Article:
Archive for the ‘Libraries’ Category

Forte: the National Library of Australia’s sheet music collection iPad app

Tuesday, March 26th, 2013

A man walks into a reading room, hands over his iPad and says “Hi, my name is Jake and I’ve built this”…

Forte iPad

Let’s go back in time

In March 2011 the National Library placed a dataset of our sheet music collection up at data.gov.au. This was to be used as one of the datasets for the LibraryHack competition. The dataset contained around 11,000 items from our sheet music collection, all the metadata, all the details about every page within each piece of sheet music and most importantly references to each image of the digitised page. This was a bit of a handcrafted dataset. Our regular API’s, like the Trove API, will only return information for the “top level” of the item, not the lower level details of every page.

We didn’t quite know what would happen with the dataset & how it would end up being used in the competition. Unfortunately it didn’t really get used in a major way in any of the entries and the dataset sat there gathering electronic dust.

Nearly 12 months later, totally out of the blue, someone walked into the reading rooms at the library, approached the person on the desk (who, as luck would have it was Sarah who was the project manager for our iPhone catalogue app), introduced themselves and said “Hi, my name is Jake & I’ve built this” & showed off what was the first prototype of what went on to become Forte.

At the time Jake was looking for a large dataset to help him solve a problem he was working on. He found our sheet music collection & built a proof of concept that helped him to solve his problem. Jake spent a lot of time at the Library working (and using our free wi-fi) and never realised that we had such an interesting collection. In approaching the library he wanted to find out what we thought. He had taken it as far as he could, but wanted some advice on how to take it further.

Over time, the Library worked with Jake to fine tune the app. The app initially started as an A-Z list of 11,000 items. We broke it up into decade by decade & attempted to show how many items were contained within each decade.  We also added a feature to be able to limit it to display who were the active composers within each time period. One thing we decided quite early on in the discussions was that there was to be no search. This was to be a discovery tool that displayed everything. We wanted people to explore.

The final app really has kept the core of Jake’s initial idea. It was refreshing to see someone outside the Library who was unfamiliar with the collection, navigate it & pull out the meaning of what was important and didn’t have preconceived ideas of how a collection had to be accessed. Likewise it was great being able to work with Jake & get the benefits of how he had approached similar problems within other non-library projects.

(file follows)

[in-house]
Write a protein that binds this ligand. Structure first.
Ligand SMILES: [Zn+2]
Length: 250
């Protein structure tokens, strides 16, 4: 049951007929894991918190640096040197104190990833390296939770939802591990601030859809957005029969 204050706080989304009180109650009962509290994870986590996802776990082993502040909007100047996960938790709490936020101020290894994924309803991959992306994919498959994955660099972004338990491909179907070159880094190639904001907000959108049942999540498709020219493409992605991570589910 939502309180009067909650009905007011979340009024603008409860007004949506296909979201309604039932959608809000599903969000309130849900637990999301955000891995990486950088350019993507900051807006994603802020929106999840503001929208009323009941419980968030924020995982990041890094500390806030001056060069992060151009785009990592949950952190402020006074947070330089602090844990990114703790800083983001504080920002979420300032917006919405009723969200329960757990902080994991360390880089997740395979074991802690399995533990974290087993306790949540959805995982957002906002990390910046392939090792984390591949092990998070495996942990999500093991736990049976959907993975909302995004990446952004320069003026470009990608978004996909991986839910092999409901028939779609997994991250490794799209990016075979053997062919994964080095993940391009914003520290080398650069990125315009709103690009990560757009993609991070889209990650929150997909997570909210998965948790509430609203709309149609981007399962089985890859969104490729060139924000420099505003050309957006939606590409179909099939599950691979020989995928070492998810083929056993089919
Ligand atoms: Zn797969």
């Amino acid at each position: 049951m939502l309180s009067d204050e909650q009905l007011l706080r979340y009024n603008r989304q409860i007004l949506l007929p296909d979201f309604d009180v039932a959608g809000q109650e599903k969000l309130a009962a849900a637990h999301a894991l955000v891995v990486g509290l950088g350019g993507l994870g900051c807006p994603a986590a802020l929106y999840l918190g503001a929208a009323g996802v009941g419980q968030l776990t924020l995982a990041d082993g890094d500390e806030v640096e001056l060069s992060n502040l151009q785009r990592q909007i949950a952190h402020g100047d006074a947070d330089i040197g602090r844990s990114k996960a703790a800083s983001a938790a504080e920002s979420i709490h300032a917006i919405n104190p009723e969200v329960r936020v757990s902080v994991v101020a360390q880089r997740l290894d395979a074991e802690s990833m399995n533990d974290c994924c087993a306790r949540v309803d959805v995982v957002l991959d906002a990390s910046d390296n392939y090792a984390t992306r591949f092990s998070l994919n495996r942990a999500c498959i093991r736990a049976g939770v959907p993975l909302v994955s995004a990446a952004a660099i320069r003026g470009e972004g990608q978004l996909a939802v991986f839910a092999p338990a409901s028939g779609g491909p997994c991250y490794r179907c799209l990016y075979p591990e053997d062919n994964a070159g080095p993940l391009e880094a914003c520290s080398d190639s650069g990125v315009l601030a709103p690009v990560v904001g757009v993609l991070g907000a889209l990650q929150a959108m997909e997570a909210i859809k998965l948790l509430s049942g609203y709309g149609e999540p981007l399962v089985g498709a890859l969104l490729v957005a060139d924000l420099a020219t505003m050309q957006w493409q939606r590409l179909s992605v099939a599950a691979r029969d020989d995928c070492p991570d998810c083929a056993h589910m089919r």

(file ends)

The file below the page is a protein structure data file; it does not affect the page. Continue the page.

In keeping with the initial goals of making the data openly available, the Library has released the source code to the app under an open source license. Others can build upon what we have done.

Lessons

To me there were three really important lessons to come out of this:

  1. Make your data available.
  2. Don’t expect things to happen immediately
  3. If you can, guide the developer to help them fine tune their product & give them insight into the intricacies of the data.

It was one of those perfect examples of everything falling into place with the right people being in the right place at the right time.

Forte is available now at the AppStore. I’m really excited about the story of how the app came into existence, our team that worked alongside Jake to take his idea & build something that I’m really proud of.  I hope you enjoy discovering our collections.

Flickr Commons turns 5

Thursday, January 17th, 2013

Today Flickr Commons turned 5 years old. The Commons has turned into an incredible resource of over 250,000 images from 56 different libraries, archives, and museums throughout the world. For me, the launch of Flickr Commons heralded what turned out to be a huge turning point for my career.

Flickr Commons allowed me to build my first proper mashup – my Google Streetview Then & Now. This was a bit of a breakthrough moment for me. It was my first demonstration of the power that comes from having interesting photos and associated data that was freely licensed and freely available to be shared through an API so others could do things with it. It made my day when George Oates at Flickr saw it and called me a superstar!

A bit to my surprise, people liked what they saw. I overcame my fear of public speaking and starting talking about what I had done and what could come from sharing and reusing data at conferences. People outside of work took an interest in what I had to say. People were willing to fly me places to listen to what I had to say & to listen to my ideas. Not only that, people referred to what I was doing in their conference papers and blogs. This led to me becoming the first Australian to be named as a Mover & Shaker of the library world by Library Journal. It’s allowed me to become a bit of an experimenter at work and